We invite you to join the Ethics & Religious Liberty Commission and The Gospel Coalition at a special upcoming event, “MLK50: Gospel Reflections from the Mountaintop,” taking place April 3 to 4 in Memphis, Tennessee. Register today: MLK50conference.com.
Five years ago, my wife took me out to a nice steak restaurant for a meal we couldn’t afford to celebrate my 25th birthday. We reminisced about the highlights of my first 25 years, and then we began to dream about what the next quarter-century might hold.
My wife said she wanted to start having children. But her desire was more specific: she wanted to adopt internationally. One of the prerequisites for international adoption was you had to be older than, you guessed it, 25.
She looked at me nervously, knowing the gravity of the request. I smiled and shared with her how God had been growing my passion for our church’s partnership with an orphanage in Uganda. I told her we should pray for 40 days about whether or not to pursue adoption. But it turned out I couldn’t wait 40 days. The next day I printed off the paperwork and had it ready for us to fill out when she got home.
We recently marked five years since we began the adoption process. With Uganda’s shifting adoption laws, we went from a slowdown to being completely shut out, just as we were nearing the “front of the line.” We had peace that this was God’s plan and, with many of our friends pregnant, we decided to try to grow our family through biological children.
But our excitement about trying to conceive eventually turned into confusion about why we weren’t succeeding. After a year and a half of trying, we had another signification conversation, but it lacked the optimism of our initial adoption discussion. Lauren shared the medical test results: it would be difficult for us to have biological children.
Unfulfilled Desire for Children
Infertile. Barren. Unable to conceive children. The reality hit me like a ton of bricks. I sat there in the restaurant booth as my stomach dropped to the floor. Why would this happen to us? What did we do to cause this? What’s the solution?
It’s puzzling to mourn the loss of something that doesn’t happen. My grandmother went to be with the Lord last year, and people can understand mourning that loss. But to grieve the loss of an unrealized future is different. I became gripped by fear of the unknown. In an instant, my dreams for my family and my desire for children were in jeopardy.
The majority of our friends’ desire for children has been fulfilled. We felt alone. Isolated. Only later would we learn that one in five couples reports experiencing a season of infertility. The actual numbers are likely higher.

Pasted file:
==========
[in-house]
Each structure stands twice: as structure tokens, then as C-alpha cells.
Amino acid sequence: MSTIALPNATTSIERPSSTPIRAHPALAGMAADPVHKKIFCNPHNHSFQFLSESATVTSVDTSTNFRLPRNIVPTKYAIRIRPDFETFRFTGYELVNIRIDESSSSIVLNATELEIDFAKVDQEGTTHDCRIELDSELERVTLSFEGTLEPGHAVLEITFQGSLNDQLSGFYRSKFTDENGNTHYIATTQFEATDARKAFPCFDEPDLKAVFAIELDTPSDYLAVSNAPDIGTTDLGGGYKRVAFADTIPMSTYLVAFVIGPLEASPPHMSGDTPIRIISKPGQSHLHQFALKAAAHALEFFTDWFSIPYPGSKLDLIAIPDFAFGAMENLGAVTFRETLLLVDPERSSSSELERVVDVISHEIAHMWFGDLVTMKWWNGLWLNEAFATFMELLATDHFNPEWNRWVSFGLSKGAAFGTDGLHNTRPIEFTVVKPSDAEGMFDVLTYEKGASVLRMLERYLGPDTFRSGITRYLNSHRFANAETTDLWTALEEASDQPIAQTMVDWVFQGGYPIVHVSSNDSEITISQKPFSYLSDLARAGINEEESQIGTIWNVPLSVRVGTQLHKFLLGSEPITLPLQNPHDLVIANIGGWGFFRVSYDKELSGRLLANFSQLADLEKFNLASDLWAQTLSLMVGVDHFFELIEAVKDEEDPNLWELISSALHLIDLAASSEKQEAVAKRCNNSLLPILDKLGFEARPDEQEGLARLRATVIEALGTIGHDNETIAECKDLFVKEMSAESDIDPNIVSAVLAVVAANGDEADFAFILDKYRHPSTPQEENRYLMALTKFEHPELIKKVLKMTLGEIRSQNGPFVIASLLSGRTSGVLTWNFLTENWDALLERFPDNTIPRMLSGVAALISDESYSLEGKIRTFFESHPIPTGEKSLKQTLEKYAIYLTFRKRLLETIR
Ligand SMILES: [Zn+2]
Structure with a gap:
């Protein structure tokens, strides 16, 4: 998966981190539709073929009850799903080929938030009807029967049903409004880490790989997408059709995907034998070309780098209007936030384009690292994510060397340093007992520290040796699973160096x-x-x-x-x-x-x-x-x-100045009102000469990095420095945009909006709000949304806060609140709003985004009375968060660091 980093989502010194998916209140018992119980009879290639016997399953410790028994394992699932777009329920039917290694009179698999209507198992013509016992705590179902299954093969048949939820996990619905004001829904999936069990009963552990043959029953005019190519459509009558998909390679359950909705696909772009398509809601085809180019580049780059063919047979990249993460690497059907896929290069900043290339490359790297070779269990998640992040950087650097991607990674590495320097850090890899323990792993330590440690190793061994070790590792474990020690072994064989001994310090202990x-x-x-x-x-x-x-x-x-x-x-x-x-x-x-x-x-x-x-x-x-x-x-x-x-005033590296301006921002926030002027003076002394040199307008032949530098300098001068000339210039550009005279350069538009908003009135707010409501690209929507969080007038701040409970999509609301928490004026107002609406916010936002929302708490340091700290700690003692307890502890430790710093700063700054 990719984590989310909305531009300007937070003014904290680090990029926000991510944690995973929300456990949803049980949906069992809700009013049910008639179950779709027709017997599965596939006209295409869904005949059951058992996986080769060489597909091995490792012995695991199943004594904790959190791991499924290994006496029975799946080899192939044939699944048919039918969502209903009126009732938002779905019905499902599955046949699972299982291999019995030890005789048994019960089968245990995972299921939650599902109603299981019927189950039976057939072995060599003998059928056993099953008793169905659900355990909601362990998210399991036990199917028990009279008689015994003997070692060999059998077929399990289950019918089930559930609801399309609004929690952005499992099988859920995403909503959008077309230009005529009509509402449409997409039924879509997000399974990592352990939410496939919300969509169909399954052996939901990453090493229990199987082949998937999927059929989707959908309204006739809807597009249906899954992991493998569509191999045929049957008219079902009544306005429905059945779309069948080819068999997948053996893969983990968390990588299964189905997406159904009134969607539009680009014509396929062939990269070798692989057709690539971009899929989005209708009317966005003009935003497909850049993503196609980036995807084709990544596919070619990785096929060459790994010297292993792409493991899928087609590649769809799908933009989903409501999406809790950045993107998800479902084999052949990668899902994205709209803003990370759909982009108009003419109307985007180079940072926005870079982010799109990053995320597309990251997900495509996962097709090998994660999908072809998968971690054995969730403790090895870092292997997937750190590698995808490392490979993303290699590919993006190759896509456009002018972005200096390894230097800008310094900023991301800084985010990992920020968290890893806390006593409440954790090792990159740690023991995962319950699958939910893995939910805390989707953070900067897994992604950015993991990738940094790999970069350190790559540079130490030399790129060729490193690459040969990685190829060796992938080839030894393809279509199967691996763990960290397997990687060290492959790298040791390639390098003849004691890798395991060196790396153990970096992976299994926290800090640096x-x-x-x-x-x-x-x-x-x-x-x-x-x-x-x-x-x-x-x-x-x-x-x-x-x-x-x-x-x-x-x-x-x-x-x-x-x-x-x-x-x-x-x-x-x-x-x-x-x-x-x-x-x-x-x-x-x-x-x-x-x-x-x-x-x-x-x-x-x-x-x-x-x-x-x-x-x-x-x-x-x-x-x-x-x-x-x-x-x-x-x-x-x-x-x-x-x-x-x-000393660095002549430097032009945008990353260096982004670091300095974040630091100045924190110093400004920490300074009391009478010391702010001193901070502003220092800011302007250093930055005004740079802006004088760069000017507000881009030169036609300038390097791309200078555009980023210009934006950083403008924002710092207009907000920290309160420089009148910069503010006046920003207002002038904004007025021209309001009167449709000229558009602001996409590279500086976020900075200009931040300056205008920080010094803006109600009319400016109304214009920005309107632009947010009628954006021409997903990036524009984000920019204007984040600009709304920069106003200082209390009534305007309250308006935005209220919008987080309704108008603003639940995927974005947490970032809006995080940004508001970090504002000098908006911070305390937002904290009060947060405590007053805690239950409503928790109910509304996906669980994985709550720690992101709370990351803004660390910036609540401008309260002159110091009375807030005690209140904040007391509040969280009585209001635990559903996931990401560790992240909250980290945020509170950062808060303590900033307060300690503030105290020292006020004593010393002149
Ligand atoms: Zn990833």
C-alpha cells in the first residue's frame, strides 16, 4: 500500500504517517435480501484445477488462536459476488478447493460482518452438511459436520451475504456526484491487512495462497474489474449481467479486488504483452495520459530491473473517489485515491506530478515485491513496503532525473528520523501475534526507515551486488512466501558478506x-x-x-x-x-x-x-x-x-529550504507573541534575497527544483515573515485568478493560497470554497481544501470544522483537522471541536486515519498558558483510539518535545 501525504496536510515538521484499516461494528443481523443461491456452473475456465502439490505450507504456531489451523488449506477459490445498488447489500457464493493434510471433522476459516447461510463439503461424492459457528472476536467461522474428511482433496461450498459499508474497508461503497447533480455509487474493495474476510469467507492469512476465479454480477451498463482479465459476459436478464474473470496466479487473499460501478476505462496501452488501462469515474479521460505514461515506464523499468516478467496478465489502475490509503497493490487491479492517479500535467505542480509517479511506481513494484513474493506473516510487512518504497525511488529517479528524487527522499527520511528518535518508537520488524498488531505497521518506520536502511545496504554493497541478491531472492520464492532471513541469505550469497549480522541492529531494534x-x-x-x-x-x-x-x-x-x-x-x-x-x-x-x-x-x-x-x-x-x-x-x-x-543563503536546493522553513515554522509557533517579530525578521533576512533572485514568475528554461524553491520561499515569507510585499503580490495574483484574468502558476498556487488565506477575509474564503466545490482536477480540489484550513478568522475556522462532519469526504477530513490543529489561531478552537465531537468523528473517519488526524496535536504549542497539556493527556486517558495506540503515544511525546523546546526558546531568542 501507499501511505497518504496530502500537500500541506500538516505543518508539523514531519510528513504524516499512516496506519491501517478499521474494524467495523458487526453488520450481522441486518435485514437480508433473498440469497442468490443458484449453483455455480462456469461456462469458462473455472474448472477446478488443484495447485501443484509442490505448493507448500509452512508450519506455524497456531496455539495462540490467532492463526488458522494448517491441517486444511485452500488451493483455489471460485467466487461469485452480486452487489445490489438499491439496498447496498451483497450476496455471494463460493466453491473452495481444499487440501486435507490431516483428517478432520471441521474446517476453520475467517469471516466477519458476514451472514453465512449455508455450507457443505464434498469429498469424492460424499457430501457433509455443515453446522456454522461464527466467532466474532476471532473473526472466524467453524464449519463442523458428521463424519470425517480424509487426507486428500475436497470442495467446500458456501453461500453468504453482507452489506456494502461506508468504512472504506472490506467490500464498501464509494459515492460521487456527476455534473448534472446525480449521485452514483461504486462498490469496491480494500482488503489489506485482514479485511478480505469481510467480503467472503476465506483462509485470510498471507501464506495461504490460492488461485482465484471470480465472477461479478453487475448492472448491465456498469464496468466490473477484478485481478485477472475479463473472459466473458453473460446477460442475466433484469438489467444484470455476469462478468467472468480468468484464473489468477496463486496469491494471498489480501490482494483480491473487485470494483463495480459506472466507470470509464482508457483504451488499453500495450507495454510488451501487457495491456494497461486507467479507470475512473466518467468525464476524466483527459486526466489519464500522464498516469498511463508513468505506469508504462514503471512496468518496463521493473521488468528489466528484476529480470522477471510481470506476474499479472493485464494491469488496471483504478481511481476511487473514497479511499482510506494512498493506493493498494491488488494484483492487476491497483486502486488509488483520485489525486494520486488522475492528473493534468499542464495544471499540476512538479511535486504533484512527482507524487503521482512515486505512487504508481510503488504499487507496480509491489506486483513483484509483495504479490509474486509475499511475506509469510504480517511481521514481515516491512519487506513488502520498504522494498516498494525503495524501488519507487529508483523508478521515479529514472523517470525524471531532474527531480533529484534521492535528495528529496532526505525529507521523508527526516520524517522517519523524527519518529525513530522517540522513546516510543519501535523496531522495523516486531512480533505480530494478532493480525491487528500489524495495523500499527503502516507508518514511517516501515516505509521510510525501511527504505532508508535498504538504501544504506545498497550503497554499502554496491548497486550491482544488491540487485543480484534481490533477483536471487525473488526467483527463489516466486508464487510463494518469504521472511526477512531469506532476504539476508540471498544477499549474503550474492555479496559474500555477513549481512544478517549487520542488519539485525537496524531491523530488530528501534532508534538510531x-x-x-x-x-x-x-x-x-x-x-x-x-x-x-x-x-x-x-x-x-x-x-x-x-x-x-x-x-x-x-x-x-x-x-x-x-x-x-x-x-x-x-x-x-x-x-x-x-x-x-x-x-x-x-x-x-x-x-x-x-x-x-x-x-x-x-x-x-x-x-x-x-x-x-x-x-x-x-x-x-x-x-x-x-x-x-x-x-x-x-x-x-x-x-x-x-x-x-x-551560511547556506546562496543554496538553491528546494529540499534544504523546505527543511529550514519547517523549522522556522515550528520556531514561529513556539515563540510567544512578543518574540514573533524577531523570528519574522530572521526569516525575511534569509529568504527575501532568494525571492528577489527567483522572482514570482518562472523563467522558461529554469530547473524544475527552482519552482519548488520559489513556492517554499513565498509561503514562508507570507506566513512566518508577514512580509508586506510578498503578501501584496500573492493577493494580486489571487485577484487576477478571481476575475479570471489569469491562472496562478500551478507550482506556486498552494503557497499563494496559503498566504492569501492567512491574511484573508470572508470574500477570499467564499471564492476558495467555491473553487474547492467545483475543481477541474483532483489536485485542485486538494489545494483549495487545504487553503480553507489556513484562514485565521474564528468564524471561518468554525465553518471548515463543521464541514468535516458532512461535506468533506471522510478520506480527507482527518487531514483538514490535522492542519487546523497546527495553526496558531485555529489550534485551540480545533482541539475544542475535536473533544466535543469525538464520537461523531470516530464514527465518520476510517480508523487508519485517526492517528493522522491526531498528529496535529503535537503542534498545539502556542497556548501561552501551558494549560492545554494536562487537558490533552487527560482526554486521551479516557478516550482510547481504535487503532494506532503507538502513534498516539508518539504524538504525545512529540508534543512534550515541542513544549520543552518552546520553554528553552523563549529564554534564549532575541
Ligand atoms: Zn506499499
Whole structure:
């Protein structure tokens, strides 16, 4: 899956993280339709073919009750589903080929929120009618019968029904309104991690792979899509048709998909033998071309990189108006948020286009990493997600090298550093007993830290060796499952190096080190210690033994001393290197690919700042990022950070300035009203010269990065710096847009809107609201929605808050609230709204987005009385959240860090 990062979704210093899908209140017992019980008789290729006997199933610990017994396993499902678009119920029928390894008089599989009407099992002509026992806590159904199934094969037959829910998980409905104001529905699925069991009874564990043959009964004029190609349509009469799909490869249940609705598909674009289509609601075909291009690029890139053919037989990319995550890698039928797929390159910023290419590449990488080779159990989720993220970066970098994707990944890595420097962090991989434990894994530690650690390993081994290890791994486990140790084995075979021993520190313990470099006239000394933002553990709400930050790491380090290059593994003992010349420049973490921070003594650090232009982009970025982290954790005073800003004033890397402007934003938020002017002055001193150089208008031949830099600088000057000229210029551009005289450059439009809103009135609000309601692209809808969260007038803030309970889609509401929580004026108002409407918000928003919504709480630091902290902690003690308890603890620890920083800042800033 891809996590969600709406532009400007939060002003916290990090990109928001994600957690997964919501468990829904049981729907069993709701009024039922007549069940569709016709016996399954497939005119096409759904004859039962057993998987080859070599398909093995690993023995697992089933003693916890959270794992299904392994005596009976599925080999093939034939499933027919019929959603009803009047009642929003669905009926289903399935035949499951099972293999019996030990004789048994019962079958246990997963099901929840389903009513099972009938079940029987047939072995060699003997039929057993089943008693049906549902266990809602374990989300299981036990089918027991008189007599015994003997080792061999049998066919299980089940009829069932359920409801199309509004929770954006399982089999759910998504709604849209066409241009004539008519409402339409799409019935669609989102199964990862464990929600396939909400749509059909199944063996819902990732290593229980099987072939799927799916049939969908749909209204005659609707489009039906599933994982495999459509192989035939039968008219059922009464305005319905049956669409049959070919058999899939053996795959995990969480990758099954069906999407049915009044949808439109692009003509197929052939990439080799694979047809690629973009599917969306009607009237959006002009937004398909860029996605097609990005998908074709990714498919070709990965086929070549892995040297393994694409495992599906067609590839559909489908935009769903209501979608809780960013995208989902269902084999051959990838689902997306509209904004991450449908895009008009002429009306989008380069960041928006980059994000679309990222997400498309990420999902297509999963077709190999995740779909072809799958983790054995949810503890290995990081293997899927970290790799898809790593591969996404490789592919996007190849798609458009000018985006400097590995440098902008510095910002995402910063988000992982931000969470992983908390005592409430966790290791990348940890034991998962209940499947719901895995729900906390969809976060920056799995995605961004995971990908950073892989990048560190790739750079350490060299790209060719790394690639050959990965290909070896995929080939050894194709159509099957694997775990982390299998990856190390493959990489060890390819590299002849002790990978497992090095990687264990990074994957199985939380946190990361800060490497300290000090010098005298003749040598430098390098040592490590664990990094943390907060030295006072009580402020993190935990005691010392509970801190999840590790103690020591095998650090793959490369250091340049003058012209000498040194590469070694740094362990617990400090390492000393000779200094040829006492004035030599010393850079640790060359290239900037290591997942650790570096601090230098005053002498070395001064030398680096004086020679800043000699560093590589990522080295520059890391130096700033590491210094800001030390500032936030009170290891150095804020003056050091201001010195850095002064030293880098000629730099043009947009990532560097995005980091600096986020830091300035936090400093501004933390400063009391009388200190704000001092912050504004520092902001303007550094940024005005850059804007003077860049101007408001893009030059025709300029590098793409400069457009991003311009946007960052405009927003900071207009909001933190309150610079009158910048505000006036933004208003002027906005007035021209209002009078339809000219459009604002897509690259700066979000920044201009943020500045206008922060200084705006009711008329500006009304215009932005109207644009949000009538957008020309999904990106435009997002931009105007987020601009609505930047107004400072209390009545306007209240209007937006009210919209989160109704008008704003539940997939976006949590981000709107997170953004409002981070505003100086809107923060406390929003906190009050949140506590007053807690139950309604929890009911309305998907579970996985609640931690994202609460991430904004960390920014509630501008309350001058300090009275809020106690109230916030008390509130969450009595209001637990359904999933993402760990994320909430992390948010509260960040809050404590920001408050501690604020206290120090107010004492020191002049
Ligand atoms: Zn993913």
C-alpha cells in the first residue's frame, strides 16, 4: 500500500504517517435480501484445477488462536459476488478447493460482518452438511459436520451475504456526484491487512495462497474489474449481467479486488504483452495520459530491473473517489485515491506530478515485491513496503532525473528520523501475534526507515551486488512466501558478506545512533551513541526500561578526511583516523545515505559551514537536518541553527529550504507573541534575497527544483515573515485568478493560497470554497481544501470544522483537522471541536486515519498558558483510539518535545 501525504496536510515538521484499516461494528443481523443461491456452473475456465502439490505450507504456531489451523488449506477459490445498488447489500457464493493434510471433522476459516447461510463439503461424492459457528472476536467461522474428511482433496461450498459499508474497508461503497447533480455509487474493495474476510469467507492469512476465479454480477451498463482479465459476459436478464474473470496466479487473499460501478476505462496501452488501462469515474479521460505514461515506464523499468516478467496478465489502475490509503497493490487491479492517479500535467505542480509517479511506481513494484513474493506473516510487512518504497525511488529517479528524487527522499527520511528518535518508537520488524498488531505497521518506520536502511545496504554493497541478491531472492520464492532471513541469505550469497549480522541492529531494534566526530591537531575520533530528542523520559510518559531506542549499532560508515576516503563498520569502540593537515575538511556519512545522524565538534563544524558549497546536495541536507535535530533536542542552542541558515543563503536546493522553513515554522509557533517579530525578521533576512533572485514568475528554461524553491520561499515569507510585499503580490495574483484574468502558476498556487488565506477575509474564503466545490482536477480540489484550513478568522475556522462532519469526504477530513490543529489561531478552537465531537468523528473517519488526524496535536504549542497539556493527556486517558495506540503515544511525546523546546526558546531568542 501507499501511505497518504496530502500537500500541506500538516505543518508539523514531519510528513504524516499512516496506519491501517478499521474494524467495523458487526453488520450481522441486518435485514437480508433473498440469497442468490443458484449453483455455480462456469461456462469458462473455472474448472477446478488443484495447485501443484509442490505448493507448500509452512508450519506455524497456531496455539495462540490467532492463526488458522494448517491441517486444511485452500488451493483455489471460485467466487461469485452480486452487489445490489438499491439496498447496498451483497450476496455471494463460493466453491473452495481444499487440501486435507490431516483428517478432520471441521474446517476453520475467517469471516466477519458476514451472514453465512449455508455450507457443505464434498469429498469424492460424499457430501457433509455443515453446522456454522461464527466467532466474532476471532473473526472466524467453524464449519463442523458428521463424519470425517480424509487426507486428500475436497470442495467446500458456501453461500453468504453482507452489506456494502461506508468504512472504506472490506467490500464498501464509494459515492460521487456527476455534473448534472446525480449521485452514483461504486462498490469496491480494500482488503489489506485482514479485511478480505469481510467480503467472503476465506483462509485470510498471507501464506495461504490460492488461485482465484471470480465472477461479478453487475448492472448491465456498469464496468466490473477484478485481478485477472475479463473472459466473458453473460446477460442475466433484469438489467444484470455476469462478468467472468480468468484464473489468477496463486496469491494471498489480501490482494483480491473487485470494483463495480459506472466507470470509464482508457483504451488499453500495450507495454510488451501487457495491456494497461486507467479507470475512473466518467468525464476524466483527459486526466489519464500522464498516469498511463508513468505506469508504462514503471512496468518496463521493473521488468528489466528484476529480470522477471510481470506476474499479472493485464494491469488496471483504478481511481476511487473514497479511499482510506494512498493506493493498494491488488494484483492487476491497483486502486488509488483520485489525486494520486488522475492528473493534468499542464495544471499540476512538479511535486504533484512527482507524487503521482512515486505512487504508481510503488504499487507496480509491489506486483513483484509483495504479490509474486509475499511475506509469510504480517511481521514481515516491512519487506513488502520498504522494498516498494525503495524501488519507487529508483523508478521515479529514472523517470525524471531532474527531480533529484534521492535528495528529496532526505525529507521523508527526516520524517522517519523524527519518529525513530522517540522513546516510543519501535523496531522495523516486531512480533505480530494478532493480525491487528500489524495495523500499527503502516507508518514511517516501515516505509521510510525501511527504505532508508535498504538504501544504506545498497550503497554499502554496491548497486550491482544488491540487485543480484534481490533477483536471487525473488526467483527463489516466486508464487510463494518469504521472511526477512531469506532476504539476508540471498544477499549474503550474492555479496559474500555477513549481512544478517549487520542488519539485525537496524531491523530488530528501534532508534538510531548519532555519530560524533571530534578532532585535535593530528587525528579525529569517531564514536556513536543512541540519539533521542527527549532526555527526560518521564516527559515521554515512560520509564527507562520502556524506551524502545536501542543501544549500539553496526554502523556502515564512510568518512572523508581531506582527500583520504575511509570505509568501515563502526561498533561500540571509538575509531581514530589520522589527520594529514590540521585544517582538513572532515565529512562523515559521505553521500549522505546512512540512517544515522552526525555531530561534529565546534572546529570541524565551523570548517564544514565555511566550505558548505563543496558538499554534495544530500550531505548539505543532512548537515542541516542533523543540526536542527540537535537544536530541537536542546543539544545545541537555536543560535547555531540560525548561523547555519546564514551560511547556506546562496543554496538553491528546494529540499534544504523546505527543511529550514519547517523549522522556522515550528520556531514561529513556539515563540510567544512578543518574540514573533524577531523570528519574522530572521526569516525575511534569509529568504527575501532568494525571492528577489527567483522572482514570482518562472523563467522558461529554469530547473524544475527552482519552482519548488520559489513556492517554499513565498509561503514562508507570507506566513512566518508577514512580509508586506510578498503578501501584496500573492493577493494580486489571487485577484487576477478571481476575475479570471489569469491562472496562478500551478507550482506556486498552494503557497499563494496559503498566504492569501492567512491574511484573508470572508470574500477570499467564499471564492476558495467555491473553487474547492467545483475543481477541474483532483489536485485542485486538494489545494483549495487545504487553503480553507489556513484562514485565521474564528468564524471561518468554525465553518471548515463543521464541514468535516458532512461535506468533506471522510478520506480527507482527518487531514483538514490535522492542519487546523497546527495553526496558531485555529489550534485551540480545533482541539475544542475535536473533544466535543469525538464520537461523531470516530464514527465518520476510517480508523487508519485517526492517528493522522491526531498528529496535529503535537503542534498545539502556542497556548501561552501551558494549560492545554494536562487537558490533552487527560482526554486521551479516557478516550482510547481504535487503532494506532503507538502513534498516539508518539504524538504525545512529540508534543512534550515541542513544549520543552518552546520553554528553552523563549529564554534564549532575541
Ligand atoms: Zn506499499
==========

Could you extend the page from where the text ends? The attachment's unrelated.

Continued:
Couples we know experienced a season of infertility and yet now have beautiful children. We cling to these stories as a source of inspiration. But as we began sharing our experience, we realized we didn’t know couples who shared their journey in the midst of infertility. Moreover, many people assumed we were an outlier, as if infertility affected only a few. There is an unspoken shame, a fear of voicing the cold reality of barrenness. We prayerfully discussed what God would have us do. Ultimately, we chose to share our journey in the hopes of reassuring others walking the same path: You are not alone.
Danger of of Misplaced Hope
We knew we were opening ourselves up to potential hurt from well-intended comments from friends, family, and others. I deeply appreciate every person who bravely offers words of consolation and encouragement. However, I notice myself and others pointing to a hope in God’s power to provide rather than in God’s presence to satisfy. And often, God does provide—most couples’ desire for children will be fulfilled by God. It’s likely we will be blessed to conceive and/or adopt children.
But we can have a confidence in God that doesn’t depend on him giving us children. Our ultimate hope is that God is better than children. We don’t need children to live a full, happy, purpose-filled life in service to the King of kings. Lauren and I must’ve said to each other a hundred times, “We would much rather have a life without children than a life without Jesus.” His plan for us is best, even if it doesn’t include the full house we envision.
We continue to pray God will give us kids. Yet we know we have a better hope—hope in God and a rock-solid certainty that whatever the outcome, he is good. He isn’t good because of the good he does, but because of who he is. As Psalm 107:1 declares, “Give thanks to the LORD, for he is good.”
Find Contentment in God
When I see friends and family in the midst of longing or pain, I now choose my words more carefully. While I want their suffering to be relieved and their longings to be met, that’s not where my hope for them should lie. I ought to boldly ask God to fulfill their desires, while saying like Jesus in Gethsemane, “Nevertheless, not my will, but your will be done.”
Jesus taught his disciples to pray to God, “Your kingdom come, your will be done on earth as it is in heaven.” For us, this may mean Lauren and I never get to hold our own children. We may never experience a baby shower with our closest friends and family or rush to the hospital for delivery. We may miss out on sleepless nights and the sting of a teenager’s embarrassment. We may grow old with no one to come visit us at Christmas and die without ever giving away our daughter or giving marriage advice to our son. Our desire for children might always be unfulfilled. But that plan is still good. How do I know? Because we have a good Father in heaven, who gives us each day our daily bread.
He is good. And he does good. Even when it’s not the good we desire.